Guest Post by Nicoleen Lebita, a Foster senior studying Accounting and Information Systems who participated in the Framing Rome exploration seminar. Nicoleen is a recipient of the GBC scholarship.
On August 21, 2017 at 3 o’clock in the morning, my family dropped me off at the SeaTac airport. Soon enough I boarded my first ever solo flight abroad. I felt every emotion there is from excitement to frightened. Years of saving and aspiring to study abroad have finally become reality.
When I arrived in Rome, I was confused and lost. It took me about an hour and a half to get a hold of the driver that program sent to pick me up. With no access to internet on my phone and no knowledge of the language, I was scared even after the driver picked me up. From the airport to my apartment took about an hour drive. I struggled for hours just trying to open my apartment door. I did not get the memo that Italian door keys are like puzzles. As soon as I got inside my apartment, I scouted for the Wi-Fi and not surprisingly enough I struggled to connect to the Wi-Fi as well. Their Wi-Fi password was ridiculously long and it included 5 letters that were either a small “L” or a big “i”. None of my two roommates have arrived in our apartment yet. Therefore, I was by myself from for a while. I am in the land of pasta and pizza, yet on the day I arrived I ate my left over potato chips in the sofa for breakfast and lunch. I was too frightened to walk outside and eat a meal by myself.
The next day, we had our very first class. My roommates and I were about 10 minutes late to class. All because google maps said the walk from our apartment to the UW Rome Center would only be 15 minutes, when really it’s about 30 minutes. Not going to lie, all the frustration I dealt with made me question if I made the right decision. I started to question why in the world did I choose to study abroad by myself.
During our first class, I got to meet everyone in my program and exchange numbers with people I will spent the whole month with. When talking to people, I found out I was not the only one who had a frustrating experience. If only I was bold enough to reach out to people before the trip, then maybe I could have experience it all with a friend. Soon enough, I was having pasta for every dinner, gelato at least twice a day and planning weekend trips with people in my program. As soon as I got comfortable stepping out of my comfort zone, I finally got to experience being a part of the Italian community. I met so many people not only from my program but also the locals. I stopped by my favorite coffee and gelato shops so often that the workers started to remember my name. I visited so many places. The most beautiful places were not the ones I saw in social media but rather the places most tourist do not visit such as churches’ steps where all the young Italians can be found after classes.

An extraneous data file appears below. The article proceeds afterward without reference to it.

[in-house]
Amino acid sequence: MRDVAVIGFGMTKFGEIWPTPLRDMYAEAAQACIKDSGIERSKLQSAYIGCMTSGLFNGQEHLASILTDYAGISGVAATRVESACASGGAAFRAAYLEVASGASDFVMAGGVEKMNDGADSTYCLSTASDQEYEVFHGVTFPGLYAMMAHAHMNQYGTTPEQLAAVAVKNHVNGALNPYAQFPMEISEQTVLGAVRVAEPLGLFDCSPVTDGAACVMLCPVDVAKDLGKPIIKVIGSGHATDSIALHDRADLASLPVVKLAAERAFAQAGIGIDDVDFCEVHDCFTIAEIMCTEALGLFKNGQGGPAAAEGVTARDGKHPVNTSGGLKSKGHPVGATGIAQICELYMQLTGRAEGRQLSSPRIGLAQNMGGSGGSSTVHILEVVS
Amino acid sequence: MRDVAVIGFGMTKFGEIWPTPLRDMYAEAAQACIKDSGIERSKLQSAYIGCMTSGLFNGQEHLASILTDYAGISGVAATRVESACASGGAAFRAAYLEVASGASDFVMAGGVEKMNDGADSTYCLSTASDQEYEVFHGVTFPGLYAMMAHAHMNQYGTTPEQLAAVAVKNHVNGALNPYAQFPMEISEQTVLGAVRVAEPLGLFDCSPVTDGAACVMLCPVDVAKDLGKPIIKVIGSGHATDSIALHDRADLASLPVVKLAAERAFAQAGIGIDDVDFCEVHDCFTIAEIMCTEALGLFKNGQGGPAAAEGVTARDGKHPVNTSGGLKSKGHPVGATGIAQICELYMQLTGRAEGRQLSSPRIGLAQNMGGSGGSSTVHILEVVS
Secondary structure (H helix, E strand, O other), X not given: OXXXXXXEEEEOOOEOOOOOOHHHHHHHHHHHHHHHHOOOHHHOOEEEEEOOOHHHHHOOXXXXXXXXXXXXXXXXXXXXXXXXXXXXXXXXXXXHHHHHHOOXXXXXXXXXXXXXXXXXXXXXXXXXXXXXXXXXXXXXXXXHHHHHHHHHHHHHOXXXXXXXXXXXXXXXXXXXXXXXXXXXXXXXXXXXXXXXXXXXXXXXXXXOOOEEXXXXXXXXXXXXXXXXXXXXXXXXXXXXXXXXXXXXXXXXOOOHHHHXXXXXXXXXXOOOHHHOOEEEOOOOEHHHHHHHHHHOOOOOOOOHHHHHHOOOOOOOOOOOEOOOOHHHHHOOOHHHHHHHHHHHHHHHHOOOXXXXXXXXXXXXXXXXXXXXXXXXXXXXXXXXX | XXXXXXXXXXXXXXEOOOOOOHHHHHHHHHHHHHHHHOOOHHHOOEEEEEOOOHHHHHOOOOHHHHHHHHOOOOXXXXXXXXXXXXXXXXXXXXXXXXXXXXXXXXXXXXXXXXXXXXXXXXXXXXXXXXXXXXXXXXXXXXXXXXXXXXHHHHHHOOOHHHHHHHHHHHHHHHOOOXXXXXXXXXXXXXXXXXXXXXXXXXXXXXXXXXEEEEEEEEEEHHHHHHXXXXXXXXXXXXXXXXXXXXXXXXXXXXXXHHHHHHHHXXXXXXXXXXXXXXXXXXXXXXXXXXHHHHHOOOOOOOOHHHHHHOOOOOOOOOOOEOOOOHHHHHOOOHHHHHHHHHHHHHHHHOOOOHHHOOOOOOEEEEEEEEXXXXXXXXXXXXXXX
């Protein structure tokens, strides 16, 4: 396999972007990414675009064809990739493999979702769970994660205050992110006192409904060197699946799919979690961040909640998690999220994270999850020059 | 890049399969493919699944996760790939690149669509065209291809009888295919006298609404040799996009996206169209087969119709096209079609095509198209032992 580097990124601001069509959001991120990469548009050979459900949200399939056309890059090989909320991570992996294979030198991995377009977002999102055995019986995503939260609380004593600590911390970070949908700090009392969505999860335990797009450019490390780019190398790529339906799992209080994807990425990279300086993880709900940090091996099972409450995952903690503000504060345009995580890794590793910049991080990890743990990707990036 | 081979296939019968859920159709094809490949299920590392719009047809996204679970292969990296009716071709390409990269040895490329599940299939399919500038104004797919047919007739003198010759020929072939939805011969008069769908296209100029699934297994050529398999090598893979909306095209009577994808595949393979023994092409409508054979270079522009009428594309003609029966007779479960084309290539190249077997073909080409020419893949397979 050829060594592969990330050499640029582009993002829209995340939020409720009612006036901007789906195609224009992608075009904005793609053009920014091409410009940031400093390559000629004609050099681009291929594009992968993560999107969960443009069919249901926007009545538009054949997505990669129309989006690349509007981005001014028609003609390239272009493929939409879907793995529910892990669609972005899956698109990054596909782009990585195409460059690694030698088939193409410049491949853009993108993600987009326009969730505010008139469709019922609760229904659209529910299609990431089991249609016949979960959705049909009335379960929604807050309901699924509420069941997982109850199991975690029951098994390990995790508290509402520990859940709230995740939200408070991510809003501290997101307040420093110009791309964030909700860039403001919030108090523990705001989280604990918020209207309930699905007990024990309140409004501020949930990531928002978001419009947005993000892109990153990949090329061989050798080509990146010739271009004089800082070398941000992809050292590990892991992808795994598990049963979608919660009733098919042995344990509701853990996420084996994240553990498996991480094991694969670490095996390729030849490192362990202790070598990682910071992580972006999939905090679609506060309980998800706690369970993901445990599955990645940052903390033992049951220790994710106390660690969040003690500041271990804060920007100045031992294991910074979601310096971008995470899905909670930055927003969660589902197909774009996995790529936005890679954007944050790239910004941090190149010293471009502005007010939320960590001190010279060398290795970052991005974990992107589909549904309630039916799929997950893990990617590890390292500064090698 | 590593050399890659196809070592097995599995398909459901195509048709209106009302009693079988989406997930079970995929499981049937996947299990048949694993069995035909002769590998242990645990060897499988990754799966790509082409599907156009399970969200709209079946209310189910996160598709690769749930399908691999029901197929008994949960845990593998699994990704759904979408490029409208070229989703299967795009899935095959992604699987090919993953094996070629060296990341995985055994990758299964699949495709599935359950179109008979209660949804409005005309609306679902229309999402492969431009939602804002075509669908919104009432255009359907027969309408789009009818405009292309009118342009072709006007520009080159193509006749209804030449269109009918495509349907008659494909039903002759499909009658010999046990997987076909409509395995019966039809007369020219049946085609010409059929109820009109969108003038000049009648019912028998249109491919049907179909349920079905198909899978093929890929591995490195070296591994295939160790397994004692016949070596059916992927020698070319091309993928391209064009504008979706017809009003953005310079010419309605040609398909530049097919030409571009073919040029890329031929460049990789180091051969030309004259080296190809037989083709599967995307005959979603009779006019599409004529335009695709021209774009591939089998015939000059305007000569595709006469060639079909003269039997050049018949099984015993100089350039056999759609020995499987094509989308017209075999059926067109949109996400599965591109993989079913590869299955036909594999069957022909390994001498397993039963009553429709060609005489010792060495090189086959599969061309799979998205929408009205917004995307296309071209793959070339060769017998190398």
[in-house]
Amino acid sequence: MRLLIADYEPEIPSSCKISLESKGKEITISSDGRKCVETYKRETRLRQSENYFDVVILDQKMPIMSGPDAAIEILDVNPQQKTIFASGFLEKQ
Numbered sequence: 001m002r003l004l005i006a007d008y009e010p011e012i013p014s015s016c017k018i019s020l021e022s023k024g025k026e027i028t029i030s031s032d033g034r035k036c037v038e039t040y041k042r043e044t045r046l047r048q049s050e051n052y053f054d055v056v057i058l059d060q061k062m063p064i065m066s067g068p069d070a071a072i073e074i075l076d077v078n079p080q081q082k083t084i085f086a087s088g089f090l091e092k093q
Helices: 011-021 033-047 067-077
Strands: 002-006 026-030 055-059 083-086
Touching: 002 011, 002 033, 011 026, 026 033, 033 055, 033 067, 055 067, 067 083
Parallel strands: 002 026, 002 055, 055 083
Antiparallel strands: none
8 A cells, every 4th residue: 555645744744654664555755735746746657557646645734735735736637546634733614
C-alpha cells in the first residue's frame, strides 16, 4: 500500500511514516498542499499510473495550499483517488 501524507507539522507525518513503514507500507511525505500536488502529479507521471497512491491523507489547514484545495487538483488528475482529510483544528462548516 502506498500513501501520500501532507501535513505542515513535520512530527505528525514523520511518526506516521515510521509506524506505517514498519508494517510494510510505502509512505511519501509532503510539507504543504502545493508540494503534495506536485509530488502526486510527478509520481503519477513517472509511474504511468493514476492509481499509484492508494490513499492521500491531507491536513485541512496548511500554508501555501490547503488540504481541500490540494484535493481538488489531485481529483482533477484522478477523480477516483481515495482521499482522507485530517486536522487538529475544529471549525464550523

Along with the good experiences, I continued to experience some bad ones during my trip. For example, from Amalfi Coast to Florence to Venice; our small weekend trips were filled with extremely bad weather. It would rain like cats and dogs wherever we go as if Seattle weather followed us around. Every city we were not in at the time were extremely sun. Yet as soon as we arrive the rain would not stop pouring. In the beginning, it was quite frustrating. The more that it happened, the less frustrated we became. We started laughing so much about it even till now when we look back to our experience.
No one warned me about this part of the studying abroad and I am glad they didn’t. Studying abroad in Italy is not just about the good food, sightseeing and all the beautiful pictures I saw in social media; it is about adaptation to a new environment. It is not as glam as I expected but was much more rewarding that I could ever imagine. In only a span of one month, I widened my comfort zone, gained more patience and became more adaptive. I am extremely glad I made the decision to study abroad on my own. To end my study abroad experience, I celebrated my 22nd birthday in Rome and it was yet to be the best birthday I have ever had. I came back to the United States with a bigger perspective of the world around me. I could not be more excited to go abroad once again in the future.